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Maybe Those “Small Guv’ment” Types are Right

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A padded room at Oswald D. Heck Developmental Center, a home for the developmentally disabled

Commenters occasionally accuse Street Carnage of being a “crypto-conservative” website, which doesn’t make much sense. Not only are Gavin McInnes and Jim Goad not exactly shy about their disdain for the Democratic Party and liberal politics, but they’re also offset by guys like Luke O’Neil, a self-proclaimed progressive, and Benjamin Leo, a New York Jew. (Seriously, the only way that guy could become more liberal is if he finally came out of the closet.)

Similarly, I’m a faggy vegetarian who enjoys reading about anarchist history and instinctively believes Sarah Palin is a worthless moron; basically, I’m one Che T-shirt away from becoming a left-wing caricature. Accordingly, I’ve believed that, of Big Business and Big Government, Big Business was the greater evil — but I started questioning that yesterday, after reading this New York Times article.

For the the TLDR-types: The recent death of a 13-year-old autistic boy while in the charge of Oswald D. Heck, a home for the developmentally disabled in upstate New York, tore the mask off the institution, revealing rampant patient abuse, sadistic caregivers and a savage system so insulated from the light of day that every misdeed, no matter how cruel, went without consequence, even when reported to supervisors and the authorities. There was monstrous taunting, merciless beatings and, ultimately, death.

Now, I know what you’re going to say — “All of those episodes took place at one corrupt government institution, hardly enough to tar the entire concept of government with accusations of sadistic depravity. Besides, you could find a ton of similar examples of wrongdoings at private businesses. P.S. Arv sux.” — but just shut the fuck up for one second and let me finish.

Yes, though longstanding and systemic, only one very corrupt government institution is condemned in this entire article — BUT what this single example does illustrate is the hyper insulation that gives government the opportunity to become uniquely grotesque.

Not only was there no accountability within O.D. Heck itself, but it was also immune to the usual authorities. Mary Maioriello, a trainee who became a whistle-blower after witnessing a multitude of abuses at the center, first approached management about the horrific misconduct. After her supervisors ignored and downplayed the assaults, they went so far as to say that Maioriello should herself call the cops. And Maioriello did just that: She called the local police department. When she spoke to an officer, he told her “he was not sure how to respond to such episodes inside a state facility.” A litany of crimes unmitigated the people who are supposed to be overseeing the institution was also apparently beyond the jurisdiction of the police because it was a “state facility.” Whereas a domestic dispute on private grounds would have officers breaking down your door, the state is beyond policing itself, even in the most dire of circumstances.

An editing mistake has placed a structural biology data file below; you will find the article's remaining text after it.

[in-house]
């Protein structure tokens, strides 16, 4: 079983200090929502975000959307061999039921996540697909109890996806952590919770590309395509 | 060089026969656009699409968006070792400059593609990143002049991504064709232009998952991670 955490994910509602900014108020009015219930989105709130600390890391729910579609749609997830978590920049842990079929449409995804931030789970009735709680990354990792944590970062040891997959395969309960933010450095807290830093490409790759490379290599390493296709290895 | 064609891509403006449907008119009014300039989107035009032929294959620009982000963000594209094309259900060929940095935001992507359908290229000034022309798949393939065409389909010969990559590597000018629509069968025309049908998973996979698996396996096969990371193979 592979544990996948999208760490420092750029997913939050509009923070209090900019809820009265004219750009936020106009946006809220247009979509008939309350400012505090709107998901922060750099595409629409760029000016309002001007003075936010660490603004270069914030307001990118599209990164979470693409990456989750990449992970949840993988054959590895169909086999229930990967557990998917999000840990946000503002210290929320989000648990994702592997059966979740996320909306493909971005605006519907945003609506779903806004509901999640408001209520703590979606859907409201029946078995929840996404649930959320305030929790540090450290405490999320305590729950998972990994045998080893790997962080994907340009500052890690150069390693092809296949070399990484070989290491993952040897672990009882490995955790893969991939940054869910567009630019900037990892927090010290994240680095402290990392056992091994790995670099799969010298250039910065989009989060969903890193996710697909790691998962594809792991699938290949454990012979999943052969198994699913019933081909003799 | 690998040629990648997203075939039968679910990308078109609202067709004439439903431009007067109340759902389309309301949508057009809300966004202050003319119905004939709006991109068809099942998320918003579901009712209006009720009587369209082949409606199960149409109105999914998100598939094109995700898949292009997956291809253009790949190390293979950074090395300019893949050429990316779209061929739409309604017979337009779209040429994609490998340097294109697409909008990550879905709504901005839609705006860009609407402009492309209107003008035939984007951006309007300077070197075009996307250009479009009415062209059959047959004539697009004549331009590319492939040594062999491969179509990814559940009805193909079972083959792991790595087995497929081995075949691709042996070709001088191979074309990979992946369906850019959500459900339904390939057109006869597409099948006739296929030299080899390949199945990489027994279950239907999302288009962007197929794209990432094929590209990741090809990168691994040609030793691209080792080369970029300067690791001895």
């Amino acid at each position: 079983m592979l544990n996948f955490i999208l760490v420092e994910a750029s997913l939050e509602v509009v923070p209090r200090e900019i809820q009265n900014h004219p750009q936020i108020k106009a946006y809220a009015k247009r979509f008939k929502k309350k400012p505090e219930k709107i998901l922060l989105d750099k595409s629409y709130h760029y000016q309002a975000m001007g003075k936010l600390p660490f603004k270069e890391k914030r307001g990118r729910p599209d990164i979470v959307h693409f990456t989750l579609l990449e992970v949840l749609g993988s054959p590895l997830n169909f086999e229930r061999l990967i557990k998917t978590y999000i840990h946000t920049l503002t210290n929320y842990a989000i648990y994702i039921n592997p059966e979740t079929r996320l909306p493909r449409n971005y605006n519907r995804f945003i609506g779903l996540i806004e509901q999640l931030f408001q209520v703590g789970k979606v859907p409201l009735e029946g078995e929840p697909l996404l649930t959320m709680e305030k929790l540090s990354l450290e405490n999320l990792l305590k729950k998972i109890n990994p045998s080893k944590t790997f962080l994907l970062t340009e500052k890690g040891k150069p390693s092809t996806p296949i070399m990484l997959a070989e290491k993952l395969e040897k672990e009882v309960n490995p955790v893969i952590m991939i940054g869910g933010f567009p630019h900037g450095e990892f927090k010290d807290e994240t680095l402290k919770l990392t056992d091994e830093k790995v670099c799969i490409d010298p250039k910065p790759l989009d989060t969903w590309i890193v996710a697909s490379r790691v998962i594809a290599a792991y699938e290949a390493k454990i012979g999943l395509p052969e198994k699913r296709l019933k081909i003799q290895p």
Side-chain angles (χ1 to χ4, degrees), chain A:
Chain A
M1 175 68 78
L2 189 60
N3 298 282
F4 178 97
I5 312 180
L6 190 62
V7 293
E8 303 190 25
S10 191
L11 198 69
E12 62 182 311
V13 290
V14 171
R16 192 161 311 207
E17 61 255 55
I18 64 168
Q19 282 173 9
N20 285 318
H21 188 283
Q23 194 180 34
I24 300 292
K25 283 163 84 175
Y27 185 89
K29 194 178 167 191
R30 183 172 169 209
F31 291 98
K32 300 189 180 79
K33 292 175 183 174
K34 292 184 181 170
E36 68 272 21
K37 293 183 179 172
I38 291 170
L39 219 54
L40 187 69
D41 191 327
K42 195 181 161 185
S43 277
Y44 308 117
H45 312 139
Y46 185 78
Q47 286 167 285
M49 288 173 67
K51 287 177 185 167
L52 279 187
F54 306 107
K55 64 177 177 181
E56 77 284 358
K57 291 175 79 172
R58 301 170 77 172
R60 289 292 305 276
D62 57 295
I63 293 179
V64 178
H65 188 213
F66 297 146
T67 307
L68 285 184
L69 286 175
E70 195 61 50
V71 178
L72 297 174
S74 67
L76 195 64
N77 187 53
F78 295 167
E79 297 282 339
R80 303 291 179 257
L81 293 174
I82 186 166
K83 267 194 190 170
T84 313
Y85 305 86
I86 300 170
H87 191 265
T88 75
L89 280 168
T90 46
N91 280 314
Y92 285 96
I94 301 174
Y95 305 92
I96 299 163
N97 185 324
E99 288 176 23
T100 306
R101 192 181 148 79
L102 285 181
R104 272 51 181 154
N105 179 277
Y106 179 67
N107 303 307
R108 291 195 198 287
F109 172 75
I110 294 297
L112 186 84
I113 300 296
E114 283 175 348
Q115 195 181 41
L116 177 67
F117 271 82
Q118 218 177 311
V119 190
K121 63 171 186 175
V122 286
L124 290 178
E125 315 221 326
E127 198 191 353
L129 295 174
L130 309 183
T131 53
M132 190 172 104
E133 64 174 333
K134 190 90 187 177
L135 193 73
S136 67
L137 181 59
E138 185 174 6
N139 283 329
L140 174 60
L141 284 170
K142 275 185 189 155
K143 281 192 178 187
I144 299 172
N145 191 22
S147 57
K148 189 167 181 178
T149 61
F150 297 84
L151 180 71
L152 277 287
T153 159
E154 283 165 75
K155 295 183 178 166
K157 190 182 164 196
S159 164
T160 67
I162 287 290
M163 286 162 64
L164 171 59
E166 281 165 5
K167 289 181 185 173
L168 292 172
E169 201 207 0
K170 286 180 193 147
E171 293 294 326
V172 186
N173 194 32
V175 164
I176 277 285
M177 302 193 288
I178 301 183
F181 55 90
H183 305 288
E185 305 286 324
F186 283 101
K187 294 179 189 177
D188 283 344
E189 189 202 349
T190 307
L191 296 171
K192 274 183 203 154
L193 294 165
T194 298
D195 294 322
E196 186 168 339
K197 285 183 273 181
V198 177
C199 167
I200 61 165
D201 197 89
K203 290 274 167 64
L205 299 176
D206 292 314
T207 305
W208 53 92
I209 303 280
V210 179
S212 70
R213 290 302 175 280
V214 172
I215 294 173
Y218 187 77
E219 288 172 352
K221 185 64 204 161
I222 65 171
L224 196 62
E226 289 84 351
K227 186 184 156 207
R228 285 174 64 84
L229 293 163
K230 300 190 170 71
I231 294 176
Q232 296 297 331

This sordid story also illustrates another aspect unique to the relationship between the governing and the governed: trust and betrayal. No one expects Big Business to get their back, but Americans still intrinsically trust their government. The average American today may not believe a single word uttered by politicians on TV, but he does inherently trust his police to protect him, his courts to deliver him justice and the one honest man he voted for to do him right. Regardless of political affiliation and how much Americans love bitching about politicians, most still believe that the entire government, from top to bottom, isn’t all one big bag of shit.

Michael Carey, father of the boy killed at O.D. Heck, trusted the state. He enrolled his son at 9 years old in a privately run school for the autistic, but removed him after a sympathetic employee revealed to him that the school was punishing his son for bad behavior with starvation and extended solitary confinement. The family attempted to care for the boy at home, but that soon became overwhelming; he had tantrums, emotional breakdowns and couldn’t be contained. It became so extreme that he had to be dragged to a local hospital, sedated and physically restrained. Eventually Michael turned to O.D. Heck, in the hopes that “an institution run by the state would be more promising” than the private school. Two years later, his son was asphyxiated in the back of a van by a state employee who said, “I could be a good king or a bad king.”

After I got through the New York Times article, I emailed it to Gavin and Goad, knowing their fetish for tales of government malfeasance. Gavin thought it was brutal, but wondered what my point was. I cried about the horror of unknowingly supporting, through my pitiful tax contributions and ignorant consent, a system of abuse wherein a state facility received $430,000 a head to beat down retards. Gavin responded:

“Oh good. So you’re crossing over to the Dark Side. Welcome aboard, Luke.”

Originally published on Street Carnage.

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  • Doriansokolovsky0

    This is an amazing article man and brings to light a lot of interesting points in a discussion of a top down judgement and standards re-evaluation of big government as a whole.